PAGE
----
Professor Mackintosh, K.C., Dean of the Faculty of Law, presented the graduands for the honorary degree of Doctor of Laws and referred to them in the following terms:-
Some fifty years ago the Merchant Company transformed its palatial hospitals into secondary schools of the modern type, a far-sighted reform which has materially contributed to the attractions of Edinburgh as ah educational centre. It is thus appropriate that today's list of Honorary Doctors of Law includes the headmaster of Watson's College, and two out of five former pupils all of whom are members of His Majesty's Government. But training the eleet is an easy function; the real strength of these schools lies in fashioning the rank and file to the best advantage, physically, mentally, and morally. It is no mean tribute to Mr Alison's skill and zeal that under his administration Watson' s has remained true to the high ideal's of his great predecessor Dr Ogilvie, and has steadily grown in numbers, efficiency, and reputation. Its pupils still rise to the top all over the world, and it can show a roll of service and sacrifice in the Great War unsurpassed by any similar institution. Mr Alison's claim to University recognition is strengthened by the valuable work he has done on behalf of the Edinburgh Mathematical Society, and the sustained interest he has shown in all movements for improving the training of teachers and fostering the corporate sense of the scholastic profession.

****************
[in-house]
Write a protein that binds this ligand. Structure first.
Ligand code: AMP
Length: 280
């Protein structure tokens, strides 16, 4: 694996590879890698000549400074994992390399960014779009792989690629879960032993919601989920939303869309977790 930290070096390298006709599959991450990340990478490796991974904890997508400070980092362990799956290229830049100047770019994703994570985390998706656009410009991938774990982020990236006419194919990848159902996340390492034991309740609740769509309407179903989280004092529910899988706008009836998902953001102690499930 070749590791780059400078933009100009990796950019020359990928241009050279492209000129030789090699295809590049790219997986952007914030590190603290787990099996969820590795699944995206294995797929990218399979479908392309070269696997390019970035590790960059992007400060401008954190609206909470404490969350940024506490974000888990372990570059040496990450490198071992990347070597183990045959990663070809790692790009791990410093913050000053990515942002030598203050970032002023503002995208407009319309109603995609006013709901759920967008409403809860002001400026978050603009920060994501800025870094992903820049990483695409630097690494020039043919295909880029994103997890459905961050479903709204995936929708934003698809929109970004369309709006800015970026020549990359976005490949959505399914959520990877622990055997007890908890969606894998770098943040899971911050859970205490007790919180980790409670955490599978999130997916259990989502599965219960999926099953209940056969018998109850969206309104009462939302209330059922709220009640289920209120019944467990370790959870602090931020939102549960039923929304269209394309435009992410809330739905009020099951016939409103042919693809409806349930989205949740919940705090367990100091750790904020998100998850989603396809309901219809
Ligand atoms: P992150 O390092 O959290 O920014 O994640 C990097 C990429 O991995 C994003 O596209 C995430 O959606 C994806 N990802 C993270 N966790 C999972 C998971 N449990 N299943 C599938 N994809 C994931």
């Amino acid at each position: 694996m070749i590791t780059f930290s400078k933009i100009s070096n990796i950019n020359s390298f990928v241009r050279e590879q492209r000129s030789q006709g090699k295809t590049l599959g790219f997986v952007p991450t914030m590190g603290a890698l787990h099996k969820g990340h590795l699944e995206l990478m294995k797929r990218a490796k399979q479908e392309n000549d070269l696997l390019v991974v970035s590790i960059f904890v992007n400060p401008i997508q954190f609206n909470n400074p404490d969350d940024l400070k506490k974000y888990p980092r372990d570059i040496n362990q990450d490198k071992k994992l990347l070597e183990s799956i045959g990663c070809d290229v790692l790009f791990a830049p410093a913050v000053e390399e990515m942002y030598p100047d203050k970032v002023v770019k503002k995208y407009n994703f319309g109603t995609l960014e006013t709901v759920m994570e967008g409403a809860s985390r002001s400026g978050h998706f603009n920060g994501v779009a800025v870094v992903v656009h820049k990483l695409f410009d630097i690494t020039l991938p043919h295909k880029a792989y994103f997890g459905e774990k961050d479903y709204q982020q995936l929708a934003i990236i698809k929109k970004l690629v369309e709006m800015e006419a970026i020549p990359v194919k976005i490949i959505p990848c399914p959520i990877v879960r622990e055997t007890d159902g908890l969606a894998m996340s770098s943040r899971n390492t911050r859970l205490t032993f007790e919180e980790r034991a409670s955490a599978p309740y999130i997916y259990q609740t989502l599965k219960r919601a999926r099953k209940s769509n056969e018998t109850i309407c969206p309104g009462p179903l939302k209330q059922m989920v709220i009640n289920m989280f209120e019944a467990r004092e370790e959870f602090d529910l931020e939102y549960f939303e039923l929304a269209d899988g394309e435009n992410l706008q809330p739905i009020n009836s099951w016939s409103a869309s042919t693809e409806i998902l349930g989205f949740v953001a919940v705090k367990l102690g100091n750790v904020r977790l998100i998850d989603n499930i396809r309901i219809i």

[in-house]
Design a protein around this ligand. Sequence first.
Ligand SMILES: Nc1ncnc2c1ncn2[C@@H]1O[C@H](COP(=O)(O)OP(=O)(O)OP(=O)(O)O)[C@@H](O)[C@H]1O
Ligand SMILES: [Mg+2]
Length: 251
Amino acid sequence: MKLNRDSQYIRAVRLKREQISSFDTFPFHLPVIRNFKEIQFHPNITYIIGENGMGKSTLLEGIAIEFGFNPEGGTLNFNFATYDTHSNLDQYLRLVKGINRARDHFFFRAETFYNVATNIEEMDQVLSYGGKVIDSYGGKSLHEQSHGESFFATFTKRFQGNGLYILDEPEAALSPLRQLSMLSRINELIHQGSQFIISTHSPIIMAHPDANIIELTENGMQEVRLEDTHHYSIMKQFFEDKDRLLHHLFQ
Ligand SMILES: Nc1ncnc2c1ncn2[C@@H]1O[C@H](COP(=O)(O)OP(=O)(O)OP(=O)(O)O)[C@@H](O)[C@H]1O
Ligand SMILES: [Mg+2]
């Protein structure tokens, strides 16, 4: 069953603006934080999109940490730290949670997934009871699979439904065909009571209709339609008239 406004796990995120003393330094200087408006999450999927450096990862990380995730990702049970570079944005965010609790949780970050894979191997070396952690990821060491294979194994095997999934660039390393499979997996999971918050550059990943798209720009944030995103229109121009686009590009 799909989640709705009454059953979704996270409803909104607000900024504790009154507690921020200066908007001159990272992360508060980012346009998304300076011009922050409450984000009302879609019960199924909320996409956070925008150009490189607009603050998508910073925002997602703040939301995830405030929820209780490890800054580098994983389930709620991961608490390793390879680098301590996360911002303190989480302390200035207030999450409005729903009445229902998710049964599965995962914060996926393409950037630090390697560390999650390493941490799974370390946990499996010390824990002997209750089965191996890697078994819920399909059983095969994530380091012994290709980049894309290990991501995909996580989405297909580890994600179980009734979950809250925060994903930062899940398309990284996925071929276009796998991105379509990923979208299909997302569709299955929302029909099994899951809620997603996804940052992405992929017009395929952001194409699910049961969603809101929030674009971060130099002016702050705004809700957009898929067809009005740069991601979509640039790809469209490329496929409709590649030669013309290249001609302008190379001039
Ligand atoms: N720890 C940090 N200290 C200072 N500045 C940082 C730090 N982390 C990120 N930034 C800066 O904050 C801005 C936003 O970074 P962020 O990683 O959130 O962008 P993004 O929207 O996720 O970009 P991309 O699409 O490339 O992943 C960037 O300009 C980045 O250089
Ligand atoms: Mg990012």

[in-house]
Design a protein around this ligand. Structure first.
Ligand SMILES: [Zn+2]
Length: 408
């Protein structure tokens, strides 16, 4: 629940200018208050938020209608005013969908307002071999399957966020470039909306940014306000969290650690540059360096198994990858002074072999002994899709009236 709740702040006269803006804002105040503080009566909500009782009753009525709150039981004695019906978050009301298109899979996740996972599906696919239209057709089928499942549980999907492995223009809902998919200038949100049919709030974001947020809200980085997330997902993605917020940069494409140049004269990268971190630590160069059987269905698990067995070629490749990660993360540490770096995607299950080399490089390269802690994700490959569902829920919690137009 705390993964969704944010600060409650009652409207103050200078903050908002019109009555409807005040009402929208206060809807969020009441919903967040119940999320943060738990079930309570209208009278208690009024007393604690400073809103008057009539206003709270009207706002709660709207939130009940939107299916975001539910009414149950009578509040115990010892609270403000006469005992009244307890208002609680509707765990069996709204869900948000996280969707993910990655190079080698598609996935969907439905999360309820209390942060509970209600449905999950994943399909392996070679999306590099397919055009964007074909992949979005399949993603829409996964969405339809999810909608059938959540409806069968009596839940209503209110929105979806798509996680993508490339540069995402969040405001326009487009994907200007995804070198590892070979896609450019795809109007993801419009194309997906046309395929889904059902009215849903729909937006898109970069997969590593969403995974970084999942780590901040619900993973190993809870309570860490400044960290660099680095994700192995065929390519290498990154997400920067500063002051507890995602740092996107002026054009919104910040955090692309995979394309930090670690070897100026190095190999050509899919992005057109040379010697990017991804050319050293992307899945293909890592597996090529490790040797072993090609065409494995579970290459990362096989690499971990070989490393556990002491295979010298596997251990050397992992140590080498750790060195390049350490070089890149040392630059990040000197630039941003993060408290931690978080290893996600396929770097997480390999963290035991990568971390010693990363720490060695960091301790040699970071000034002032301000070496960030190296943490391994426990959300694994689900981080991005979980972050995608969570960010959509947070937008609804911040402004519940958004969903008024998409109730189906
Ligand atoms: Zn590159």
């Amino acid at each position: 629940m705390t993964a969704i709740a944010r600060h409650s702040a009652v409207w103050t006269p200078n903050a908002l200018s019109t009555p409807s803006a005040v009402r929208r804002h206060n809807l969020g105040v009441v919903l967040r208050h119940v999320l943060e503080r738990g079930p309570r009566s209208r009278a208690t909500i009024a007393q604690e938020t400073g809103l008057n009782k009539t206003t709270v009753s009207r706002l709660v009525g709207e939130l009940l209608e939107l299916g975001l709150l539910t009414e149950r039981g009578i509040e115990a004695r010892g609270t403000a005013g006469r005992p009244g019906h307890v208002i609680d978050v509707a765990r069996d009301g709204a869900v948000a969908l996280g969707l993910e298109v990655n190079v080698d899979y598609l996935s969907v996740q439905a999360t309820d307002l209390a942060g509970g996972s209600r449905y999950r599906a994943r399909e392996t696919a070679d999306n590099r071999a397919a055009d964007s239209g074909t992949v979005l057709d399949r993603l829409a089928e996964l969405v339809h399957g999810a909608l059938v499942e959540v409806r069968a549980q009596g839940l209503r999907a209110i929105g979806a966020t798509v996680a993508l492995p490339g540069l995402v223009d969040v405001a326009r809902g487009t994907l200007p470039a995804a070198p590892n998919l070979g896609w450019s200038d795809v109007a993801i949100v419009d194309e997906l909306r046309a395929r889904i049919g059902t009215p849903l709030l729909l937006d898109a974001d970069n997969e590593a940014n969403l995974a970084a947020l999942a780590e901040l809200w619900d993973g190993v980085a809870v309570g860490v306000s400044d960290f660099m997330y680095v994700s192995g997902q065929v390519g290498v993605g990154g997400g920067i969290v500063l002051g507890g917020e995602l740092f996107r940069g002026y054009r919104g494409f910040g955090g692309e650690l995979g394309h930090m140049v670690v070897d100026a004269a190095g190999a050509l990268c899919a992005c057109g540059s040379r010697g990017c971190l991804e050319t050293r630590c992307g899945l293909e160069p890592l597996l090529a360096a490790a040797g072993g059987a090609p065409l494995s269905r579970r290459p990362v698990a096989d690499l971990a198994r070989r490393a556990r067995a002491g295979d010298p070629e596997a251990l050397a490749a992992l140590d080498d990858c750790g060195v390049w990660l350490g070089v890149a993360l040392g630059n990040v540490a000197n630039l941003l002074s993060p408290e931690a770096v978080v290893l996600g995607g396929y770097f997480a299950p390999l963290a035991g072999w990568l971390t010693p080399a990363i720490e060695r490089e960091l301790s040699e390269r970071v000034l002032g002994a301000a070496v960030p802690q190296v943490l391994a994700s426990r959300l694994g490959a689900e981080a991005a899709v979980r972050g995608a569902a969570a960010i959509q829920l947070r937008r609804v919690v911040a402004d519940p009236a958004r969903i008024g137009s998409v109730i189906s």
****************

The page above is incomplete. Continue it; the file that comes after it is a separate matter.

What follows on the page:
John Alison was elected to the Royal Society of Edinburgh on 1 April 1889, his proposers being John Sturgeon Mackay, George Chrystal, Robert M Ferguson, Alexander Yule Fraser.
An obituary, written by George Robertson, appears in the Royal Society of Edinburgh Year Book 1953, page 5.
We give a version of this obituary at THIS LINK
Article by: J J O'Connor and E F Robertson